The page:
Speakers
avatar for Travis Goodspeed

Travis Goodspeed

Travis Goodspeed is ecstatic to live in Knoxville again, where he drives an Ectomobile and a '64 Studebaker.  He collects reverse engineering tricks.


Friday May 3, 2019 2:00pm - 3:00pm
Scruffy City Hall 32 Market Square, Knoxville, TN, United States

2:00pm

Building a Bridge to a Legacy Application - How Hard Can that Be?
My team loves working on legacy code projects. It's all that we do. That's why a friend of mine reached out to us for some help. _x000D_
_x000D_
His startup was building out a universal API across a very fragmented industry with little to no interoperability or standards. Up until now, integrating with the systems in that industry had been pretty easy, because the companies that built them were willing to help. _x000D_
_x000D_
But now he'd found one that wasn't willing to help. There was no obvious API for getting data out of the legacy application so that it could be exposed via his company's API. A big client for his company was riding on his ability to be able to pull this off. He remembered how much I loved a challenge and how much my team loved legacy code, so he figured we were his best shot._x000D_
_x000D_
The goal was to be able to read from the application's database. _x000D_
_x000D_
In this talk, I'll cover _x000D_
* the different approaches that we took_x000D_
* the one we really wanted to try because we thought it would be fun_x000D_
* the approaches that we needed to try before we could attempt the fun one_x000D_
* the excitement that we felt while working on it_x000D_
* the grind toward completion once the big technical hurdle was crossed_x000D_
* the sense of achievement when we got a read-only solution built_x000D_
* the hope that we'd get the green light to start working on a read-write solution_x000D_
* the disappointment when the plug got pulled and we weren't authorized to proceed any further_x000D_
_x000D_
It was a fun journey, and I'd love to be able to share it.

Speakers
avatar for M. Scott Ford

M. Scott Ford

CTO, Corgibytes
Leading the Corgibytes technical team is Scott, who has been called the "Bob Vila of the internet.” Scott is a polyglot developer who, at last count, is fluent in over twenty programming languages. Scott’s love of software restoration and remodeling began in college where he and his team were responsible for retrofitting the testing tools for the X-31 jet fighter. Since th... Read More →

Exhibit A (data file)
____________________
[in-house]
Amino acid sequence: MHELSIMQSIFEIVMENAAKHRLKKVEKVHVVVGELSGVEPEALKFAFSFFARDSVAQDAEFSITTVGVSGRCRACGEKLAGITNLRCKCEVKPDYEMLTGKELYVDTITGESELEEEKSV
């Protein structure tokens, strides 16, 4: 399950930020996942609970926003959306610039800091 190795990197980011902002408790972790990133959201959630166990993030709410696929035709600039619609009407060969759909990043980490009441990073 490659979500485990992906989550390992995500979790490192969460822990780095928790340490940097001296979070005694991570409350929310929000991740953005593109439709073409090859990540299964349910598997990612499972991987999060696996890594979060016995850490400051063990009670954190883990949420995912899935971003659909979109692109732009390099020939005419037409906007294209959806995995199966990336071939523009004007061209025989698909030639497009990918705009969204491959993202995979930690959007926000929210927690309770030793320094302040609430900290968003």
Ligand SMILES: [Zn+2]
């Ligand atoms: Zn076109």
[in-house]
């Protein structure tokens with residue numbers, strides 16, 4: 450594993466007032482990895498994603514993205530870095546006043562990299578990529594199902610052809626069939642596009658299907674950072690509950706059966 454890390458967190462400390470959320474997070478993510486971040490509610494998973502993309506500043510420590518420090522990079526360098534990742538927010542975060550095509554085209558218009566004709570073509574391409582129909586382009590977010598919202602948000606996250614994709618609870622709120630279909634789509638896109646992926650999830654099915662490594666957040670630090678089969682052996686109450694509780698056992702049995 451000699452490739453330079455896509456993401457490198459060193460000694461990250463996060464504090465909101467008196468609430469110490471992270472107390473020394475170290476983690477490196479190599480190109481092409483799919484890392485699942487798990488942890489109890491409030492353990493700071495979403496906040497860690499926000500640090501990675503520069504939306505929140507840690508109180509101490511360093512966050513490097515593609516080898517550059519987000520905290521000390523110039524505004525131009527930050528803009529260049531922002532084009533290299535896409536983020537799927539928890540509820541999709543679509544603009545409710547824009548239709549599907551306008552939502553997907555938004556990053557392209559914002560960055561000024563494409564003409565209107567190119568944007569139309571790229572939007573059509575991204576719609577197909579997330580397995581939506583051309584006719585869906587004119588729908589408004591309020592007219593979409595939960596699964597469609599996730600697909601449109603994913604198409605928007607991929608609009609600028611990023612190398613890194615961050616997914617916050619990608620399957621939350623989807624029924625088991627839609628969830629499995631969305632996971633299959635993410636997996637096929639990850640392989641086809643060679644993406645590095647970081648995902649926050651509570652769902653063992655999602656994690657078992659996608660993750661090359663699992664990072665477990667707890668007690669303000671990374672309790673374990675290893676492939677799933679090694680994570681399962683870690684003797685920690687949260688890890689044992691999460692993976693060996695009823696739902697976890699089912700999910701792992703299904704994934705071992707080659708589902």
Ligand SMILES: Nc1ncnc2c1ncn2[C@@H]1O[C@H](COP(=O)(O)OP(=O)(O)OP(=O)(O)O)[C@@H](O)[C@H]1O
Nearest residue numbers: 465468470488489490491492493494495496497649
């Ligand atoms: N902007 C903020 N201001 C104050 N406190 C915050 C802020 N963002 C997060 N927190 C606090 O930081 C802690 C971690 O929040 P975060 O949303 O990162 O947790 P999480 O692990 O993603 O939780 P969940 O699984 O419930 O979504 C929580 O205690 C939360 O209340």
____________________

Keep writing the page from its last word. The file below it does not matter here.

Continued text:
Friday May 3, 2019 2:00pm - 3:00pm
KEC 17 Market Square Suite 101, Knoxville, TN 37902, United States

3:00pm

Beyond the Buzzwords: How Security Can Use Marketing Concepts to Prosper
Beyond the Buzzwords: How Security Can Use Marketing Concepts to Prosper
Given today’s cybersecurity shortage and the hype that accompanies it (“1.5 million jobs will be unfilled by 2020! No, It’s 3 million!”), it would be easy to conclude that learning or keeping up with networking, coding, incident response, threat hunting, and the like is the critical factor for finding and retaining security employment. While it’s certainly true that cybersecurity practitioners will need technical skills—it’s a technical field, after all—there is another aspect to succeeding in the field in the future.
Marketing.
Yes, “marketing” is a dirty word to most security practitioners. Everyone who hears the term immediately conjures up images of vendor marketing departments — the people scorned by many hackers for not having an adequate level of technical knowledge, or the team that relies on catchy buzzwords to sell a product rather than focusing on actual features, capabilities, and technical differentiators. Though marketing people have been known to go overboard on jargon, taking a page out of marketing playbooks can help security practitioners ensure they are meeting the demands of the modern security team, one that understands and is aligned with business needs (vs. one focused on blocking and tackling security threats), and one that enables organizations to move faster with requisite levels of cybersecurity protection.
What will people learn from this talk:
Marketing isn’t about buzzwords (when done right); it’s about conveying information accurately, in a way that resonates with your audience.